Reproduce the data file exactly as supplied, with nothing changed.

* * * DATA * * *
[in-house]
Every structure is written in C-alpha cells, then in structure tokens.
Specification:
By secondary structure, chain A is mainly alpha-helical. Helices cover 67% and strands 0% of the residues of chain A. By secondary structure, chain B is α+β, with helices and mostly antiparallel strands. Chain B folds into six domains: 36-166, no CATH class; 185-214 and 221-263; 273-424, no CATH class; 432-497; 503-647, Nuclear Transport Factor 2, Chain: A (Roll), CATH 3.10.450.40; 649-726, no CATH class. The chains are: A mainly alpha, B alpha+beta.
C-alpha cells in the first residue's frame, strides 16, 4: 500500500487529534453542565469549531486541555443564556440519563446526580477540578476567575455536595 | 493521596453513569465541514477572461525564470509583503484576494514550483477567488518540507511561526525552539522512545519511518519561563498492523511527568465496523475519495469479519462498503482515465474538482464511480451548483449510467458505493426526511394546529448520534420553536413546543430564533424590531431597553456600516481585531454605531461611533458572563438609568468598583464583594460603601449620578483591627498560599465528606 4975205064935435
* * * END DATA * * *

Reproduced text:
[in-house]
Every structure is written in C-alpha cells, then in structure tokens.
Specification:
By secondary structure, chain A is mainly alpha-helical. Helices cover 67% and strands 0% of the residues of chain A. By secondary structure, chain B is α+β, with helices and mostly antiparallel strands. Chain B folds into six domains: 36-166, no CATH class; 185-214 and 221-263; 273-424, no CATH class; 432-497; 503-647, Nuclear Transport Factor 2, Chain: A (Roll), CATH 3.10.450.40; 649-726, no CATH class. The chains are: A mainly alpha, B alpha+beta.
C-alpha cells in the first residue's frame, strides 16, 4: 500500500487529534453542565469549531486541555443564556440519563446526580477540578476567575455536595 | 493521596453513569465541514477572461525564470509583503484576494514550483477567488518540507511561526525552539522512545519511518519561563498492523511527568465496523475519495469479519462498503482515465474538482464511480451548483449510467458505493426526511394546529448520534420553536413546543430564533424590531431597553456600516481585531454605531461611533458572563438609568468598583464583594460603601449620578483591627498560599465528606 4975205064935435